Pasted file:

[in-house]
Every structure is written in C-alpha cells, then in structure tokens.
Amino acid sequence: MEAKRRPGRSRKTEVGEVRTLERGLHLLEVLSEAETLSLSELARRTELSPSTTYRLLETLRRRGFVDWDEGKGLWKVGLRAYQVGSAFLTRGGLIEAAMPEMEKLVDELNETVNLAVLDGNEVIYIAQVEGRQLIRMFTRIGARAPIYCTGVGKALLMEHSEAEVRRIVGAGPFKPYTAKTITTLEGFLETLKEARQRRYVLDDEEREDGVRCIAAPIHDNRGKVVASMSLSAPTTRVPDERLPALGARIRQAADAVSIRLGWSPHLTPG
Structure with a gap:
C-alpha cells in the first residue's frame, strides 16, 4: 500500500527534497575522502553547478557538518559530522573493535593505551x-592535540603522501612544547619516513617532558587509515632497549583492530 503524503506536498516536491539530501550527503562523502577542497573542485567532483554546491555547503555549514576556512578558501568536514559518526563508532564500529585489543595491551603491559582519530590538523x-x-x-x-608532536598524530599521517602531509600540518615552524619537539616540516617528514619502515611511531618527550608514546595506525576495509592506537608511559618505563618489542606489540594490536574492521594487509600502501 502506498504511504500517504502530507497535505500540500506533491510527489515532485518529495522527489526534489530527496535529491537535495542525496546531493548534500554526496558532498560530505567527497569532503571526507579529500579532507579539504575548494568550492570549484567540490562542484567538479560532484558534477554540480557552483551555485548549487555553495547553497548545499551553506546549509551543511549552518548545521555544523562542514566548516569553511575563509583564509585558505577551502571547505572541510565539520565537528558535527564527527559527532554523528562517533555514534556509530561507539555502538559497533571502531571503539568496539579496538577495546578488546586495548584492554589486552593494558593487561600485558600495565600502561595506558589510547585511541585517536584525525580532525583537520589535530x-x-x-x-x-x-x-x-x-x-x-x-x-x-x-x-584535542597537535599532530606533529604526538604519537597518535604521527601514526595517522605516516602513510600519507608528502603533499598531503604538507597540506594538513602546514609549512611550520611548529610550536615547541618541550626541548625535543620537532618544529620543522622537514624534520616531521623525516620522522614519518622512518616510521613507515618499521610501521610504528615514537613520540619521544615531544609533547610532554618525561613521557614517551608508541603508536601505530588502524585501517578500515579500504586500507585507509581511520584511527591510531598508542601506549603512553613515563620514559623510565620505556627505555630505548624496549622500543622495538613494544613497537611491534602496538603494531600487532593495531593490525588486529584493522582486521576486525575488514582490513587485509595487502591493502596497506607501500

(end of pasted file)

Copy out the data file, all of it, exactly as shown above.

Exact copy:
[in-house]
Every structure is written in C-alpha cells, then in structure tokens.
Amino acid sequence: MEAKRRPGRSRKTEVGEVRTLERGLHLLEVLSEAETLSLSELARRTELSPSTTYRLLETLRRRGFVDWDEGKGLWKVGLRAYQVGSAFLTRGGLIEAAMPEMEKLVDELNETVNLAVLDGNEVIYIAQVEGRQLIRMFTRIGARAPIYCTGVGKALLMEHSEAEVRRIVGAGPFKPYTAKTITTLEGFLETLKEARQRRYVLDDEEREDGVRCIAAPIHDNRGKVVASMSLSAPTTRVPDERLPALGARIRQAADAVSIRLGWSPHLTPG
Structure with a gap:
C-alpha cells in the first residue's frame, strides 16, 4: 500500500527534497575522502553547478557538518559530522573493535593505551x-592535540603522501612544547619516513617532558587509515632497549583492530 503524503506536498516536491539530501550527503562523502577542497573542485567532483554546491555547503555549514576556512578558501568536514559518526563508532564500529585489543595491551603491559582519530590538523x-x-x-x-608532536598524530599521517602531509600540518615552524619537539616540516617528514619502515611511531618527550608514546595506525576495509592506537608511559618505563618489542606489540594490536574492521594487509600502501 502506498504511504500517504502530507497535505500540500506533491510527489515532485518529495522527489526534489530527496535529491537535495542525496546531493548534500554526496558532498560530505567527497569532503571526507579529500579532507579539504575548494568550492570549484567540490562542484567538479560532484558534477554540480557552483551555485548549487555553495547553497548545499551553506546549509551543511549552518548545521555544523562542514566548516569553511575563509583564509585558505577551502571547505572541510565539520565537528558535527564527527559527532554523528562517533555514534556509530561507539555502538559497533571502531571503539568496539579496538577495546578488546586495548584492554589486552593494558593487561600485558600495565600502561595506558589510547585511541585517536584525525580532525583537520589535530x-x-x-x-x-x-x-x-x-x-x-x-x-x-x-x-584535542597537535599532530606533529604526538604519537597518535604521527601514526595517522605516516602513510600519507608528502603533499598531503604538507597540506594538513602546514609549512611550520611548529610550536615547541618541550626541548625535543620537532618544529620543522622537514624534520616531521623525516620522522614519518622512518616510521613507515618499521610501521610504528615514537613520540619521544615531544609533547610532554618525561613521557614517551608508541603508536601505530588502524585501517578500515579500504586500507585507509581511520584511527591510531598508542601506549603512553613515563620514559623510565620505556627505555630505548624496549622500543622495538613494544613497537611491534602496538603494531600487532593495531593490525588486529584493522582486521576486525575488514582490513587485509595487502591493502596497506607501500